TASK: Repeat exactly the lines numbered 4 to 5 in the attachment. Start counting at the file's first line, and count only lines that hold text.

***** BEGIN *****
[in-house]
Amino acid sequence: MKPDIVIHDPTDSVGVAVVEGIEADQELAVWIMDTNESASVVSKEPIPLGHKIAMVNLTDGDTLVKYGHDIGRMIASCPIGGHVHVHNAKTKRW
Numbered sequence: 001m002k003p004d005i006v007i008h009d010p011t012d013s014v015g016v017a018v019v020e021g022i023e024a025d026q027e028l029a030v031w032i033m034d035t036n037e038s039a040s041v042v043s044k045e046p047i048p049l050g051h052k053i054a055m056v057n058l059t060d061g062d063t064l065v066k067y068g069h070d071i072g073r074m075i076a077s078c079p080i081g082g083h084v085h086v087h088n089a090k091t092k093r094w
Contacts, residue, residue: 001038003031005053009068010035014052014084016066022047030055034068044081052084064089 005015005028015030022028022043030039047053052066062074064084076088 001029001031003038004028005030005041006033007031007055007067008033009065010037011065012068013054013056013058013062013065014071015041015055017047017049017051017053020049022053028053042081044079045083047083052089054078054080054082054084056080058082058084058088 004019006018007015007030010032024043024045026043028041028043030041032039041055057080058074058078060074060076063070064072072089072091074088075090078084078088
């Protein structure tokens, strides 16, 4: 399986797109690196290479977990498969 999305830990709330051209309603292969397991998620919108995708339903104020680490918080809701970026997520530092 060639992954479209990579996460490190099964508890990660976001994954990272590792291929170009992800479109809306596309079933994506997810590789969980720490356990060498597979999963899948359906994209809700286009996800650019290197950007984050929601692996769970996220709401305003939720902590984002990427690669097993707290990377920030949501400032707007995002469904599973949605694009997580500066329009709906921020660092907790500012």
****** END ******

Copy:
Contacts, residue, residue: 001038003031005053009068010035014052014084016066022047030055034068044081052084064089 005015005028015030022028022043030039047053052066062074064084076088 001029001031003038004028005030005041006033007031007055007067008033009065010037011065012068013054013056013058013062013065014071015041015055017047017049017051017053020049022053028053042081044079045083047083052089054078054080054082054084056080058082058084058088 004019006018007015007030010032024043024045026043028041028043030041032039041055057080058074058078060074060076063070064072072089072091074088075090078084078088
């Protein structure tokens, strides 16, 4: 399986797109690196290479977990498969 999305830990709330051209309603292969397991998620919108995708339903104020680490918080809701970026997520530092 060639992954479209990579996460490190099964508890990660976001994954990272590792291929170009992800479109809306596309079933994506997810590789969980720490356990060498597979999963899948359906994209809700286009996800650019290197950007984050929601692996769970996220709401305003939720902590984002990427690669097993707290990377920030949501400032707007995002469904599973949605694009997580500066329009709906921020660092907790500012």